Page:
Southern Africa is witnessing a surge in urban-to-rural migration and settlement patterns. Contrary to popular belief, rural areas are not being abandoned; they are actually in high demand. However, this surge in demand exacerbates the precarious situation for those who still reside in rural areas, particularly on customary land.

The study found that members of the South African urban-based black middle and working classes are investing their life savings not in buying valuable urban property, but in building new homes in former homeland areas. As a result, rural villages like Moletjie and Ceres may appear to have been abandoned by their residents, when in fact urban elites working in the nearby city of Polokwane have been moving onto customary land to avoid paying rates and seeking cheaper retirement homes.

The urban elite are building upmarket houses in Limpopo’s Capricorn West district. (Photo: Supplied)

Middle-class individuals are constructing costly mansions and multistory houses on customary land without formal title, increasing the demand for rural land and the commodification of customary tenure. Surprisingly, they are not demanding tenure institutional changes before investing in residential property, as many feel secure with only a “Permission to Occupy” document from traditional leaders.

However, this informal documentation has led to conflicts between buyers, as headmen within traditional authorities may sell the same land to multiple people. In the past decade, more than three-quarters of respondents who acquired customary land paid for it in cash to traditional authorities or individuals, bypassing customary social norms.

This demand for rural land by urban elites has created a profitable opportunity for traditional leaders and local residents to sell land to migrants, accelerating the commodification of customary tenure.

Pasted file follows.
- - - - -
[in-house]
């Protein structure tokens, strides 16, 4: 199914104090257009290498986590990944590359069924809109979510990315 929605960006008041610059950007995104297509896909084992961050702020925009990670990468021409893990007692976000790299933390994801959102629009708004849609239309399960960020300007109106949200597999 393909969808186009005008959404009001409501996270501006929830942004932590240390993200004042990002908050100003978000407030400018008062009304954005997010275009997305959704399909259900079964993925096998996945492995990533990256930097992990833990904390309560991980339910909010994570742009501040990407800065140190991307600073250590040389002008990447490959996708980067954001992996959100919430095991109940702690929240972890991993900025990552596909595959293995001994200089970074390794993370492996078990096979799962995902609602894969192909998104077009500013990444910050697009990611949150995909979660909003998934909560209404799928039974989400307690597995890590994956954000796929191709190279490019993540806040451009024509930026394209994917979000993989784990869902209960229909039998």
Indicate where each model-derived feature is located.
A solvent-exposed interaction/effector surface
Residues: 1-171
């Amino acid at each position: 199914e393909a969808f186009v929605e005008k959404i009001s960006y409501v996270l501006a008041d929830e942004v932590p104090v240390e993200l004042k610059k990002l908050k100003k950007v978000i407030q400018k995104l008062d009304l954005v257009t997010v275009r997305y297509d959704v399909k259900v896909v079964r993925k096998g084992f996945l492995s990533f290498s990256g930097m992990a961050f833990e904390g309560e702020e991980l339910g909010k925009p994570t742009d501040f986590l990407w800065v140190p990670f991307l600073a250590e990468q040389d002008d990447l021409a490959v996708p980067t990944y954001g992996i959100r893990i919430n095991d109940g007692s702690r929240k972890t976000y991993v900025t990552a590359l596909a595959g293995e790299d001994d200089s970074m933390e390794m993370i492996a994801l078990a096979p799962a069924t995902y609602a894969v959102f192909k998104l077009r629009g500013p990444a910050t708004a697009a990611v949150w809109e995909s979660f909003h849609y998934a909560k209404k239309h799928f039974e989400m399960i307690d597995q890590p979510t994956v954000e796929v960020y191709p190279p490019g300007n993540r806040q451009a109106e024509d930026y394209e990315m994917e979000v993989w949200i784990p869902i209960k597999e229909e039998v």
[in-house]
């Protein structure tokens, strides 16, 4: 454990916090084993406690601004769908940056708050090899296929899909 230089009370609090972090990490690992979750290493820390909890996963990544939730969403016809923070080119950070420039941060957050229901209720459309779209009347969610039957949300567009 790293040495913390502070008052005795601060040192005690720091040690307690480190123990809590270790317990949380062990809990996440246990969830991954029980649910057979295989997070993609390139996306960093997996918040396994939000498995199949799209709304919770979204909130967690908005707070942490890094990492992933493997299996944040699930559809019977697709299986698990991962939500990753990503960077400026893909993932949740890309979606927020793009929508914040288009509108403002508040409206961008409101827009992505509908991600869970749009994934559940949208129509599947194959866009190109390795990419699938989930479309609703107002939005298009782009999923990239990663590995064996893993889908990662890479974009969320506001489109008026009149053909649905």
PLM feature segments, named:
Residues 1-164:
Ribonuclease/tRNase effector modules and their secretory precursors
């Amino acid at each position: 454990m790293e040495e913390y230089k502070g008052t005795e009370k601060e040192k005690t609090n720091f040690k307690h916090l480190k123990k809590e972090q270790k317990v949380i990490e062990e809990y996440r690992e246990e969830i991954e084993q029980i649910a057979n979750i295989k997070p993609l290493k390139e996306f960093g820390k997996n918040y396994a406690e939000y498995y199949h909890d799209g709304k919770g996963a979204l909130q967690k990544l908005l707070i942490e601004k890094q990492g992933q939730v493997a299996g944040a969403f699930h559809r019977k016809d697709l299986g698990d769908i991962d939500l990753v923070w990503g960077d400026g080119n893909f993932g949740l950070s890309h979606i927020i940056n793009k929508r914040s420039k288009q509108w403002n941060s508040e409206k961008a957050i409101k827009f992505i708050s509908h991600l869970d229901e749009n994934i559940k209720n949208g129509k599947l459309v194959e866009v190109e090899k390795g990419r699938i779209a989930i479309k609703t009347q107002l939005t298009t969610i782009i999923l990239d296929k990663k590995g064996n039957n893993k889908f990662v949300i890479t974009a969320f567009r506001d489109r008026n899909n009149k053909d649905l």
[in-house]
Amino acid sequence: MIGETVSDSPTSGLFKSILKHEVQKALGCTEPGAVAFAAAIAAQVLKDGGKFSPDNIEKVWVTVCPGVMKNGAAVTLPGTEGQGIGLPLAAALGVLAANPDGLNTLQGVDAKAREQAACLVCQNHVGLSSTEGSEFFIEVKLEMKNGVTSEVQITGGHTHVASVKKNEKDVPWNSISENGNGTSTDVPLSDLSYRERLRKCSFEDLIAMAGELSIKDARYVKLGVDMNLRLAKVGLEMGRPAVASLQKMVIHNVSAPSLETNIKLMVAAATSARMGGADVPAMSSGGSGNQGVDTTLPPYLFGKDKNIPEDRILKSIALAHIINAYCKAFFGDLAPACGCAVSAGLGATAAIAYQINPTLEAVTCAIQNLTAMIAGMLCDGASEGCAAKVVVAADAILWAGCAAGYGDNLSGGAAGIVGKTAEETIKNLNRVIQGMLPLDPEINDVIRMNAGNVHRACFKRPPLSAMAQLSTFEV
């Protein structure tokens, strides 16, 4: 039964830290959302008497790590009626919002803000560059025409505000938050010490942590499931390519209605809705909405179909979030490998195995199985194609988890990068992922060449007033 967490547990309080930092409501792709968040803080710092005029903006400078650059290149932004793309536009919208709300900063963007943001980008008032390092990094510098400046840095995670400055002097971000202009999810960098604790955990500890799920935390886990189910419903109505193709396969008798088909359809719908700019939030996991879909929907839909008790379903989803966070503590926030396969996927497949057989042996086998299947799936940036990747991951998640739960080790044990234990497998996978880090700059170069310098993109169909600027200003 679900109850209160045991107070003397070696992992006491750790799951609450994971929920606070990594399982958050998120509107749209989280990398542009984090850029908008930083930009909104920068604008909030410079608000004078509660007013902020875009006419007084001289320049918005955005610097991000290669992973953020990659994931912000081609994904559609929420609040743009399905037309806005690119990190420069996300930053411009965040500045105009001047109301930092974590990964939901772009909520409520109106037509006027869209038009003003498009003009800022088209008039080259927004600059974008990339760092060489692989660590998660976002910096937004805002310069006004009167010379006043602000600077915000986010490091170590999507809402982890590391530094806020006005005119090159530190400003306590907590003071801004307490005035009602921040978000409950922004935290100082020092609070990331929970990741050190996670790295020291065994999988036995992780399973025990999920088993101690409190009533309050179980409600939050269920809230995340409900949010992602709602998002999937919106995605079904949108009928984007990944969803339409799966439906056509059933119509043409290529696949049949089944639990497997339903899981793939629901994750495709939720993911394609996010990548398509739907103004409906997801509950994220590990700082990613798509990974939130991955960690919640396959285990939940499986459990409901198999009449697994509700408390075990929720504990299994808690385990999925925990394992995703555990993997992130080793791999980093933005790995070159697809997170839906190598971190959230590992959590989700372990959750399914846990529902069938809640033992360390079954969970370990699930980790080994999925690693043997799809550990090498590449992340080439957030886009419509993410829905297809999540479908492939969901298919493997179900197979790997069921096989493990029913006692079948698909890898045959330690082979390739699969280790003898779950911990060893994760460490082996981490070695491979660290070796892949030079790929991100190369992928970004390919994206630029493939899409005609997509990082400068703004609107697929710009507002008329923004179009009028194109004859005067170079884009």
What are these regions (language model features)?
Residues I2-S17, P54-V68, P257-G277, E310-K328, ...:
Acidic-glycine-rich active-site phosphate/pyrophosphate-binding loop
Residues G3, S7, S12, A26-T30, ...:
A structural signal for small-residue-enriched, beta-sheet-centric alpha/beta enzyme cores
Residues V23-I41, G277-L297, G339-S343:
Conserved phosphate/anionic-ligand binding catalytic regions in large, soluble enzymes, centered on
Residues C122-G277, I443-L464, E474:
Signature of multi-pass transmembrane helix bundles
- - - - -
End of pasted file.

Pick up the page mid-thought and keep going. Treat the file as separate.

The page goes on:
Upmarket houses Capricorn West, Limpopo. (Photo: Supplied)

The rise of non-state institutions in the growing informal customary land market has resulted in young men exercising autocratic power and authority over land by mimicking “stateness”. These “young boys”, typically aged 28-36 and unemployed, illegally demarcate and sell communal fields and land covering common property resources to urban elites. This is affecting access to common property resources, which are central to the livelihoods of rural women.

Moreover, the sales have led to a change in land use from arable and grazing land to residential, impacting the livelihoods of locals who must now find alternative ways to sustain themselves. Social and gendered conflicts over land and boundaries have also increased, with traditional leaders and private security reportedly destroying people’s houses built on contested land.

It is believed that these informal institutions have the clandestine support of tribal authorities, while residents in these areas perceive them as connected to certain political elites. The types of land targeted for sale are communal fields and land covering common property resources, such as grazing land, natural resources, and woods.